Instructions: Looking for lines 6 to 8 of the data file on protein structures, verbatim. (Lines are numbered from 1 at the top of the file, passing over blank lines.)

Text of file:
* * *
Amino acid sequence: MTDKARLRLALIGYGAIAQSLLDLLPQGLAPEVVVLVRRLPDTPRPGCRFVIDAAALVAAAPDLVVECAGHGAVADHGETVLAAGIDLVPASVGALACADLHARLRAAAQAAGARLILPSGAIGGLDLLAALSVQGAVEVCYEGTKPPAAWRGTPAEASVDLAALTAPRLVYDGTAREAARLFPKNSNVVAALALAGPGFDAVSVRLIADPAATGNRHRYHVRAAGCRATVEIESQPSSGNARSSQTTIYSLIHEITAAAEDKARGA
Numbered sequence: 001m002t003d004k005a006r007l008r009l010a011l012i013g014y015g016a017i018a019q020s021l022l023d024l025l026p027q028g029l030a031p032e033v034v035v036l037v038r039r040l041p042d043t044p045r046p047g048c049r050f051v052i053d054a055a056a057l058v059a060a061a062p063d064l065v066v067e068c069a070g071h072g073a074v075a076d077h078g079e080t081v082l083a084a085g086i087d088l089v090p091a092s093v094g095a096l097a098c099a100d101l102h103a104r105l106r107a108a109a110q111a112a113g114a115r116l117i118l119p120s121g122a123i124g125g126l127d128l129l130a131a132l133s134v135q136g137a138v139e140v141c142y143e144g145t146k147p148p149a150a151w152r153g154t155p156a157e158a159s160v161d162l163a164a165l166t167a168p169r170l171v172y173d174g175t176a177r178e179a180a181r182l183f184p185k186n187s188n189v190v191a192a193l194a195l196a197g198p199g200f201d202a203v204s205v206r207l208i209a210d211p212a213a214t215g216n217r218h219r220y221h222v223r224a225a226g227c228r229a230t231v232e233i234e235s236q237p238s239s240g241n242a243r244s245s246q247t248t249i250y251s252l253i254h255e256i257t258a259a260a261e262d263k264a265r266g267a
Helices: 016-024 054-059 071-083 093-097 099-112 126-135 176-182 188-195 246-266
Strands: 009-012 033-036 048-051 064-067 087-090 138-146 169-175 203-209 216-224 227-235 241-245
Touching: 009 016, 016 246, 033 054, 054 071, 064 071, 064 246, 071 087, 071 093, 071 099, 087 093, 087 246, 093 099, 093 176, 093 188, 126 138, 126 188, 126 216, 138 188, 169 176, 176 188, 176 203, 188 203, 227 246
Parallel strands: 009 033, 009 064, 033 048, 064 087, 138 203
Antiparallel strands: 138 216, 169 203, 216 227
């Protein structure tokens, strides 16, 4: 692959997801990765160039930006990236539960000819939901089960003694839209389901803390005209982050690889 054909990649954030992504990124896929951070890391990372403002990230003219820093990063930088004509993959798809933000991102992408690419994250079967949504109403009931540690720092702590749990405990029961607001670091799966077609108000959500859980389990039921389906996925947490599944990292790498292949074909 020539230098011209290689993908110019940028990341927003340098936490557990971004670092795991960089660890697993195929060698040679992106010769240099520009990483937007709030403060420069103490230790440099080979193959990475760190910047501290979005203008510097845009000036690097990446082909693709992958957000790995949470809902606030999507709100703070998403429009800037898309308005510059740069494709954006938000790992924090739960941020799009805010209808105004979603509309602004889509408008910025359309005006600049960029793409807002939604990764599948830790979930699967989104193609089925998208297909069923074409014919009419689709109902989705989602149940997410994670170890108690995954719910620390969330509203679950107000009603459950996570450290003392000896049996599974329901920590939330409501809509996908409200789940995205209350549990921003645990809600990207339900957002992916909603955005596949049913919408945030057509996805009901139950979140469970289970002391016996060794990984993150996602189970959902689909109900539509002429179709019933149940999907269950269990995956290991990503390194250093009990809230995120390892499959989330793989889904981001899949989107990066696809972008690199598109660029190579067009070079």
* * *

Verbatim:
Parallel strands: 009 033, 009 064, 033 048, 064 087, 138 203
Antiparallel strands: 138 216, 169 203, 216 227
């Protein structure tokens, strides 16, 4: 692959997801990765160039930006990236539960000819939901089960003694839209389901803390005209982050690889 054909990649954030992504990124896929951070890391990372403002990230003219820093990063930088004509993959798809933000991102992408690419994250079967949504109403009931540690720092702590749990405990029961607001670091799966077609108000959500859980389990039921389906996925947490599944990292790498292949074909 020539230098011209290689993908110019940028990341927003340098936490557990971004670092795991960089660890697993195929060698040679992106010769240099520009990483937007709030403060420069103490230790440099080979193959990475760190910047501290979005203008510097845009000036690097990446082909693709992958957000790995949470809902606030999507709100703070998403429009800037898309308005510059740069494709954006938000790992924090739960941020799009805010209808105004979603509309602004889509408008910025359309005006600049960029793409807002939604990764599948830790979930699967989104193609089925998208297909069923074409014919009419689709109902989705989602149940997410994670170890108690995954719910620390969330509203679950107000009603459950996570450290003392000896049996599974329901920590939330409501809509996908409200789940995205209350549990921003645990809600990207339900957002992916909603955005596949049913919408945030057509996805009901139950979140469970289970002391016996060794990984993150996602189970959902689909109900539509002429179709019933149940999907269950269990995956290991990503390194250093009990809230995120390892499959989330793989889904981001899949989107990066696809972008690199598109660029190579067009070079």